During the 1850s 'pteridimania' - or Fern-Fever - seized Australian colonies, stirred by the phenomenon which took hold in Britain in the late 1830s. Fern-tree gullies found on the outskirts of Melbourne, particularly those in the Dandenong Ranges, became a dominant motif in both the decorative and fine arts. Wishing to convey the grandeur of Australian scenery to British audiences, colonial painters depicted the natural beauty of these gullies in works of exquisite detail.

London-born Thomas Clark painted '(Fern tree gully)' for Victoria's first Surveyor-General, Robert Hoddle, probably based on drawings Hoddle made in the 1840s during field trips in the Dandenong Ranges. Clark presents a verdant Arcadia in which an Aboriginal family is seen walking through the landscape, although by the mid-1850s the Wurundjeri people had been displaced by European settlement and the establishment of timber mills.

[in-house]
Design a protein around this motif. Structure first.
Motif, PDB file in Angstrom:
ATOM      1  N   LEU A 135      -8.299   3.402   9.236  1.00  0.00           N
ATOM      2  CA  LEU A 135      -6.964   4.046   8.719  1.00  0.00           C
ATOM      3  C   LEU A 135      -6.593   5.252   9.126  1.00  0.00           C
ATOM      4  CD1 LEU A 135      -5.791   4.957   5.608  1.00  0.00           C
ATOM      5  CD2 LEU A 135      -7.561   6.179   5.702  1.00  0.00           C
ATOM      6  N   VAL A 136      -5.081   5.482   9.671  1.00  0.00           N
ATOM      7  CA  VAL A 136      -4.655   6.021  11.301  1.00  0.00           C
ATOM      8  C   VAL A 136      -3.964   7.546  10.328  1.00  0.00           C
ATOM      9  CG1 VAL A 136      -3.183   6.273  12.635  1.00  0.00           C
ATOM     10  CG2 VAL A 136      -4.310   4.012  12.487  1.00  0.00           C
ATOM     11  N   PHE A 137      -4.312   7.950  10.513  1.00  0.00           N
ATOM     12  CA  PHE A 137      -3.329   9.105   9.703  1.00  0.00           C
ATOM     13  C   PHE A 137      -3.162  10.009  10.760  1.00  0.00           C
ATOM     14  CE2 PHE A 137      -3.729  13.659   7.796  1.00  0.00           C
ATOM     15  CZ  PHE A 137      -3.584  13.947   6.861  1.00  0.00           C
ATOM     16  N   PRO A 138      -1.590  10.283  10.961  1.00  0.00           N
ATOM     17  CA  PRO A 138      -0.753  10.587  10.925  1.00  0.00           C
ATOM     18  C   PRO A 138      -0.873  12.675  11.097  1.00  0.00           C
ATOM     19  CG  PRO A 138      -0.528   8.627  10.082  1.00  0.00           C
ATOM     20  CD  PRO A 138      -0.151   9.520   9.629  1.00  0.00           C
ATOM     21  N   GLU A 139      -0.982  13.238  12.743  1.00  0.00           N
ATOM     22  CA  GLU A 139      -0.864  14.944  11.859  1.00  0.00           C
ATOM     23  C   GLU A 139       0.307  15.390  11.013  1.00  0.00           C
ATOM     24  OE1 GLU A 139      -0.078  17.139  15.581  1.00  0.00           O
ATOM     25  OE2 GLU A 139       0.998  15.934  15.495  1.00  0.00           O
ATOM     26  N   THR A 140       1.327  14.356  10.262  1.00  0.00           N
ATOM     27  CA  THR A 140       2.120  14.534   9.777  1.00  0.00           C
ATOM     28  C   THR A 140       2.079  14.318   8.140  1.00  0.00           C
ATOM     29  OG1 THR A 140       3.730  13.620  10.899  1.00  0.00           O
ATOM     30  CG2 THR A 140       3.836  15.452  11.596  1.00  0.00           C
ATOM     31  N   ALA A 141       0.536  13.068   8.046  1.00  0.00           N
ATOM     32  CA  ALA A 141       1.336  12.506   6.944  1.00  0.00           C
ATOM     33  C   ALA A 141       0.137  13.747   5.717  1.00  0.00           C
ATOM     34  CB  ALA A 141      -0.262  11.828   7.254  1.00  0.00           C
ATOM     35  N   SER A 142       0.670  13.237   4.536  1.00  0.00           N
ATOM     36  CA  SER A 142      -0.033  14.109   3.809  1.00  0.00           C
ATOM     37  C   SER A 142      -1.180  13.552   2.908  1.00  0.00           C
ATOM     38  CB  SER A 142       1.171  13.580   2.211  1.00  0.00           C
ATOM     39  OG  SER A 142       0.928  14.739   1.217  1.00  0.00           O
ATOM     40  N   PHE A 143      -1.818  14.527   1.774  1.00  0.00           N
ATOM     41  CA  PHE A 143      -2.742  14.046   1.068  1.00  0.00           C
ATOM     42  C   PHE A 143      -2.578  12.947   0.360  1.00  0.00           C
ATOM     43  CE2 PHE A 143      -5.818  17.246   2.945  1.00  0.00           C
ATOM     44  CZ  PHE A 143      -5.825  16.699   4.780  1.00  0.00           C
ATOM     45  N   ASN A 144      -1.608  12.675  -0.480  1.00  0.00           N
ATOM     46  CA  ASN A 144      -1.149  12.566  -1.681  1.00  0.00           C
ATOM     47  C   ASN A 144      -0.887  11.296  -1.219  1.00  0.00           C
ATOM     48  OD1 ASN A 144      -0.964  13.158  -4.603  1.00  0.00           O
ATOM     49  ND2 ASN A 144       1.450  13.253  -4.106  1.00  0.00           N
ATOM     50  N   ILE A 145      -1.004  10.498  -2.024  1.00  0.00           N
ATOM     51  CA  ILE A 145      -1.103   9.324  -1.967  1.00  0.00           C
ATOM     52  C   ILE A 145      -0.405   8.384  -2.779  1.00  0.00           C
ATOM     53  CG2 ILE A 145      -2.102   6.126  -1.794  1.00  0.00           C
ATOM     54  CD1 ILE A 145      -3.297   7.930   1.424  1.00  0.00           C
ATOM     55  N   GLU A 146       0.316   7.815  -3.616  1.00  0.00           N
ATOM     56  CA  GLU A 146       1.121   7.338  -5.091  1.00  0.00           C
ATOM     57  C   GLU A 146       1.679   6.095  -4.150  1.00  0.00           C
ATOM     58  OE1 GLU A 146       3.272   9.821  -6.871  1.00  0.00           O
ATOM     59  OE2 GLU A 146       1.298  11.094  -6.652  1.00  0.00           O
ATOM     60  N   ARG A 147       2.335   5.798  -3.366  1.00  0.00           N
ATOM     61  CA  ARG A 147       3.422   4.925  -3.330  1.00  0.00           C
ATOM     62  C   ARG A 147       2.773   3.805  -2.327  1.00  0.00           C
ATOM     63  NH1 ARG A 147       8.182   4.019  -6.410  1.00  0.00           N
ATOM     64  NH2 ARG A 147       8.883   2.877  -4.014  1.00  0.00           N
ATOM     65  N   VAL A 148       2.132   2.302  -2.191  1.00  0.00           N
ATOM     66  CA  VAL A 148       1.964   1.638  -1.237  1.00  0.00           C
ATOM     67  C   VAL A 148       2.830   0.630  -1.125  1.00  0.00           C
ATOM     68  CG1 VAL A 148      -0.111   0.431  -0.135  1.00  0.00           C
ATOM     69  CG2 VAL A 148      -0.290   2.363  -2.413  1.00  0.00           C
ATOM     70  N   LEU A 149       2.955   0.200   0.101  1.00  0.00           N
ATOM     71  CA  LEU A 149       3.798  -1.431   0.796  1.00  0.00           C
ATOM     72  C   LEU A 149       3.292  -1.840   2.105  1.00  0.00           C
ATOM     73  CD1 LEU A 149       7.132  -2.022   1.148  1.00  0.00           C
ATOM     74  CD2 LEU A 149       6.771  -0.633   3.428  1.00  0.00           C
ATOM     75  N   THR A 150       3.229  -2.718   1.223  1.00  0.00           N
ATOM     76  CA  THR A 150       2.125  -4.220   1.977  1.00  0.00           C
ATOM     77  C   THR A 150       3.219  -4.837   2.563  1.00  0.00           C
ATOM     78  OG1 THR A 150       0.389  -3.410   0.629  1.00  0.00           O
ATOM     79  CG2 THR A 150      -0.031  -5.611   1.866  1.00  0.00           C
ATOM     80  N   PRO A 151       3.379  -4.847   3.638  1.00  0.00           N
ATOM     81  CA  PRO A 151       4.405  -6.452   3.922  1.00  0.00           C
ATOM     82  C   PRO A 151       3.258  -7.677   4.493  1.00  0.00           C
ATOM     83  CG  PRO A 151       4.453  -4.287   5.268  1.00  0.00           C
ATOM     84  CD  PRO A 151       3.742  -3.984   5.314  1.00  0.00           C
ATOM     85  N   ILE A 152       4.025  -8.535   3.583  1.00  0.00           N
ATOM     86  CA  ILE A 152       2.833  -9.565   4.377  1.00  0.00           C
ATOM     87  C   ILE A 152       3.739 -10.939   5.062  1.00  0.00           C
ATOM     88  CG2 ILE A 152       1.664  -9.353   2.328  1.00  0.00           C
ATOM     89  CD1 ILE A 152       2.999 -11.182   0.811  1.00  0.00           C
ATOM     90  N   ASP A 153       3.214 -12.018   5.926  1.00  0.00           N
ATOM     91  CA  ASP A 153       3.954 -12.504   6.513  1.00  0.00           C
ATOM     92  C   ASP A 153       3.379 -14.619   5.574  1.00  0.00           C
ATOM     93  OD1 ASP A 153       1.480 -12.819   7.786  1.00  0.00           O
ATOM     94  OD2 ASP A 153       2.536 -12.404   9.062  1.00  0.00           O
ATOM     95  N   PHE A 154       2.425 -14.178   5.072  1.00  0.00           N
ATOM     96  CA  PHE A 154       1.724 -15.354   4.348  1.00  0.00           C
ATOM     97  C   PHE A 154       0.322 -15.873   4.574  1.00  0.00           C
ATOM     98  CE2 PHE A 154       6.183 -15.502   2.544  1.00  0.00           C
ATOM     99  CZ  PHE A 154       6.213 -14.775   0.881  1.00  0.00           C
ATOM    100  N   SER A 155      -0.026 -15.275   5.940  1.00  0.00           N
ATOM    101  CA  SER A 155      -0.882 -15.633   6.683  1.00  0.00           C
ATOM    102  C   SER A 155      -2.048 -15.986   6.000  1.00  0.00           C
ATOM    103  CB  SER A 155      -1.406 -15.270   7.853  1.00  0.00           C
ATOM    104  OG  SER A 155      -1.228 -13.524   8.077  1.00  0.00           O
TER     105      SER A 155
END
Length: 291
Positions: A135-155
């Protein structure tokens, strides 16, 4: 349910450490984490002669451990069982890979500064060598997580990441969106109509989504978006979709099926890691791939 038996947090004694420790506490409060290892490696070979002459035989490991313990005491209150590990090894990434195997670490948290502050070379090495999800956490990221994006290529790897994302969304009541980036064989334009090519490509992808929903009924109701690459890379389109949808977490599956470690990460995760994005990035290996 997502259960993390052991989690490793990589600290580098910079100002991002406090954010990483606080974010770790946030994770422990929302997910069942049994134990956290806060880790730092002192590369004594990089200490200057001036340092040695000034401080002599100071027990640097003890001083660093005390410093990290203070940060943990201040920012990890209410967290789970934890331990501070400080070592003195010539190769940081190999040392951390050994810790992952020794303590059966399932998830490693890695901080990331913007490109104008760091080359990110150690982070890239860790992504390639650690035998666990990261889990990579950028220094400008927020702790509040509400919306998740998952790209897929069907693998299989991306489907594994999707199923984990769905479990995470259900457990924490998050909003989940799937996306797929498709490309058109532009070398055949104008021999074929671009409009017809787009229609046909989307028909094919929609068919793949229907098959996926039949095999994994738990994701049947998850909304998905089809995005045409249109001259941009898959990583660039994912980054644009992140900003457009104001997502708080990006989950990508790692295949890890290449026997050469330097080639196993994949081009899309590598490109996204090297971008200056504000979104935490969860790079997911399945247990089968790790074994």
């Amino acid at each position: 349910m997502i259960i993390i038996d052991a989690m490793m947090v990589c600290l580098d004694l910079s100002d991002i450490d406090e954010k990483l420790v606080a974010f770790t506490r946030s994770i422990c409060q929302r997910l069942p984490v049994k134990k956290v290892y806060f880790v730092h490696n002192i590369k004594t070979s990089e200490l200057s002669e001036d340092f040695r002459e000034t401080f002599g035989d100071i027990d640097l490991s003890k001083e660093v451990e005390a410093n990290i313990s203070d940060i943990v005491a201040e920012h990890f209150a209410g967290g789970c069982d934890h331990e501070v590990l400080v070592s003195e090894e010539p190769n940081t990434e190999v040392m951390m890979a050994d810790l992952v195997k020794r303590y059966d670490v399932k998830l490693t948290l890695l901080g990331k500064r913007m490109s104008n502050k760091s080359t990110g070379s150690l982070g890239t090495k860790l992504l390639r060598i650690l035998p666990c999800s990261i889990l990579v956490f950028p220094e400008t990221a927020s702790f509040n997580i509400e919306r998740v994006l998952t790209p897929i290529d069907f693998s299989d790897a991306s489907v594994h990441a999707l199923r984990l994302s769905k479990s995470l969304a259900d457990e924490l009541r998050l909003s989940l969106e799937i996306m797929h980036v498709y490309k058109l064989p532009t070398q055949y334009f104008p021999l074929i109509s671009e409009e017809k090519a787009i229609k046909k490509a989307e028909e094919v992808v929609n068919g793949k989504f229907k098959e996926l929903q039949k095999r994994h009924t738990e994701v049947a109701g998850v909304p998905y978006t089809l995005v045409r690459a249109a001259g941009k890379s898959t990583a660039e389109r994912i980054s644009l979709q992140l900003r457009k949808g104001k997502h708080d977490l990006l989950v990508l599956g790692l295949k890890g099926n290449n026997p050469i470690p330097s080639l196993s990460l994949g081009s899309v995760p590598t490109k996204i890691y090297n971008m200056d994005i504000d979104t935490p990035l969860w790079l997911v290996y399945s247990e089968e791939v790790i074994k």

Natalie Wilson
Curator, Australian & Pacific Art


  • Title: (Fern tree gully)
  • Creator: Thomas Clark
  • Date Created: 1862
  • Physical Dimensions: 40.3 x 64.5 cm
  • Type: Painting
  • Rights: Purchased 1970
  • Medium: oil on canvas
  • Signature & Date: Signed and dated l.l. corner, pale green oil "Thos. Clark 1862/ ...".
  • Object Other Titles: (Fern gully with Aboriginal family)
  • Artist Country: Australia, England

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